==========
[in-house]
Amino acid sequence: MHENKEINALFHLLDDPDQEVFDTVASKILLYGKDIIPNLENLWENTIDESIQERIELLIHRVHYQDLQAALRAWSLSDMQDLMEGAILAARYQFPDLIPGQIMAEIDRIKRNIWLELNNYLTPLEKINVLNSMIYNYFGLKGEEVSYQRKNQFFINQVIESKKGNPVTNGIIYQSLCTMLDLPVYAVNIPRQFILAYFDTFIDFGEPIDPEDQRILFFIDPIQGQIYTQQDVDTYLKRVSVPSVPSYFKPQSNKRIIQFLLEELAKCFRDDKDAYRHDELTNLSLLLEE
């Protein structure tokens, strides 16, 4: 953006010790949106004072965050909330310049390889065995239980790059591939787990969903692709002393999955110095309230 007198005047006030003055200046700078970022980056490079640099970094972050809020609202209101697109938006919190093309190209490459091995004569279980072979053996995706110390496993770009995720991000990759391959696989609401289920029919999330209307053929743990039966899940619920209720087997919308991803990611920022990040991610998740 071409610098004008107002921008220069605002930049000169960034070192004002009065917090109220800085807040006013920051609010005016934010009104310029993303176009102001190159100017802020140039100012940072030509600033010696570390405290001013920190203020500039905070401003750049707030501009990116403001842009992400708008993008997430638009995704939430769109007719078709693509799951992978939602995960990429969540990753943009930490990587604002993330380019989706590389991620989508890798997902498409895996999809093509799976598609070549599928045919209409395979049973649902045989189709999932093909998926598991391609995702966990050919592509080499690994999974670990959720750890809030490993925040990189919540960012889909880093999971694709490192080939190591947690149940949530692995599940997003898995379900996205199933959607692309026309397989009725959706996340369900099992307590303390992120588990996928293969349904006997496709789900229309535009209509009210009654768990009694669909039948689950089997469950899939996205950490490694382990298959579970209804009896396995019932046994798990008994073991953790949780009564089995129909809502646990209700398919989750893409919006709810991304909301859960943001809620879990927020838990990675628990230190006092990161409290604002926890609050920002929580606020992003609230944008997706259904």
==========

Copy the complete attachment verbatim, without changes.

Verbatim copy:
[in-house]
Amino acid sequence: MHENKEINALFHLLDDPDQEVFDTVASKILLYGKDIIPNLENLWENTIDESIQERIELLIHRVHYQDLQAALRAWSLSDMQDLMEGAILAARYQFPDLIPGQIMAEIDRIKRNIWLELNNYLTPLEKINVLNSMIYNYFGLKGEEVSYQRKNQFFINQVIESKKGNPVTNGIIYQSLCTMLDLPVYAVNIPRQFILAYFDTFIDFGEPIDPEDQRILFFIDPIQGQIYTQQDVDTYLKRVSVPSVPSYFKPQSNKRIIQFLLEELAKCFRDDKDAYRHDELTNLSLLLEE
């Protein structure tokens, strides 16, 4: 953006010790949106004072965050909330310049390889065995239980790059591939787990969903692709002393999955110095309230 007198005047006030003055200046700078970022980056490079640099970094972050809020609202209101697109938006919190093309190209490459091995004569279980072979053996995706110390496993770009995720991000990759391959696989609401289920029919999330209307053929743990039966899940619920209720087997919308991803990611920022990040991610998740 071409610098004008107002921008220069605002930049000169960034070192004002009065917090109220800085807040006013920051609010005016934010009104310029993303176009102001190159100017802020140039100012940072030509600033010696570390405290001013920190203020500039905070401003750049707030501009990116403001842009992400708008993008997430638009995704939430769109007719078709693509799951992978939602995960990429969540990753943009930490990587604002993330380019989706590389991620989508890798997902498409895996999809093509799976598609070549599928045919209409395979049973649902045989189709999932093909998926598991391609995702966990050919592509080499690994999974670990959720750890809030490993925040990189919540960012889909880093999971694709490192080939190591947690149940949530692995599940997003898995379900996205199933959607692309026309397989009725959706996340369900099992307590303390992120588990996928293969349904006997496709789900229309535009209509009210009654768990009694669909039948689950089997469950899939996205950490490694382990298959579970209804009896396995019932046994798990008994073991953790949780009564089995129909809502646990209700398919989750893409919006709810991304909301859960943001809620879990927020838990990675628990230190006092990161409290604002926890609050920002929580606020992003609230944008997706259904």